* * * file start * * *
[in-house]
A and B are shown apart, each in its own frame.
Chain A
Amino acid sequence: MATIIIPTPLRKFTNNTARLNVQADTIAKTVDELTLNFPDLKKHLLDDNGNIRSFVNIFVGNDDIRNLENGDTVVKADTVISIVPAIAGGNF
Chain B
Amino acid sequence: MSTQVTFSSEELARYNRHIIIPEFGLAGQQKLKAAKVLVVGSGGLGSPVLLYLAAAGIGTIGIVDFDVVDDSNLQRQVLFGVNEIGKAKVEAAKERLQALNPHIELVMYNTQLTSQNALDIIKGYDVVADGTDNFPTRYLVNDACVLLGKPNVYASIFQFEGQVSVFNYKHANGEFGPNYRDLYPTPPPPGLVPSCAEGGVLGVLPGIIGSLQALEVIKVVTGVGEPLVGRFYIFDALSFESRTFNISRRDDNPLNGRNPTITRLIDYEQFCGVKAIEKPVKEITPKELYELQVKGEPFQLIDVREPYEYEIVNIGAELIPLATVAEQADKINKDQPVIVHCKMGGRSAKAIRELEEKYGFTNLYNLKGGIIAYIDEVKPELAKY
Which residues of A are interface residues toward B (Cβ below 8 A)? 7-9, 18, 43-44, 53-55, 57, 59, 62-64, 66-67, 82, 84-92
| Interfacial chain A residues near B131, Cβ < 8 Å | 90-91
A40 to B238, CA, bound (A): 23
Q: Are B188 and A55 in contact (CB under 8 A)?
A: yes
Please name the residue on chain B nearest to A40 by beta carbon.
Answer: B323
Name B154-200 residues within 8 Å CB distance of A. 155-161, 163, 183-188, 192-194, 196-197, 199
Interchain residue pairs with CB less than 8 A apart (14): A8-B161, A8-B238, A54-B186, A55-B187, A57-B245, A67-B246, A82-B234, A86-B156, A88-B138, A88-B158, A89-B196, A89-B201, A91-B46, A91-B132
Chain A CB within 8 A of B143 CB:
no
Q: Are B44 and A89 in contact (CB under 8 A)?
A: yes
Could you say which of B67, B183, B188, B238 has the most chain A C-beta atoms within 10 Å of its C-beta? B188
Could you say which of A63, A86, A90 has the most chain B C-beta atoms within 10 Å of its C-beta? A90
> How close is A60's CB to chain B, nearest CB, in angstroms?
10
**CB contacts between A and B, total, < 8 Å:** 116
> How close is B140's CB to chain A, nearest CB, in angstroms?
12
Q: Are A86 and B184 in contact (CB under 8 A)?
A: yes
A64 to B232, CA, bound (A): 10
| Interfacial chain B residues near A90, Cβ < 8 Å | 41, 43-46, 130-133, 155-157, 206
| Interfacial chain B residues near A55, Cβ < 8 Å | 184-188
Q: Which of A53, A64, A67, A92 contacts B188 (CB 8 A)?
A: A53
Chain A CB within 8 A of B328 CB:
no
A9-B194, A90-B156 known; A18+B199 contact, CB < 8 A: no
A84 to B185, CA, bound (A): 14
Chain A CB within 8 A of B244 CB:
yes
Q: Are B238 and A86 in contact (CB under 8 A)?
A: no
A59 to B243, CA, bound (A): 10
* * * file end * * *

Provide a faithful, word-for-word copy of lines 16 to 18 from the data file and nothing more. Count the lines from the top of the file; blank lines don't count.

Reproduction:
Chain A CB within 8 A of B143 CB:
no
Q: Are B44 and A89 in contact (CB under 8 A)?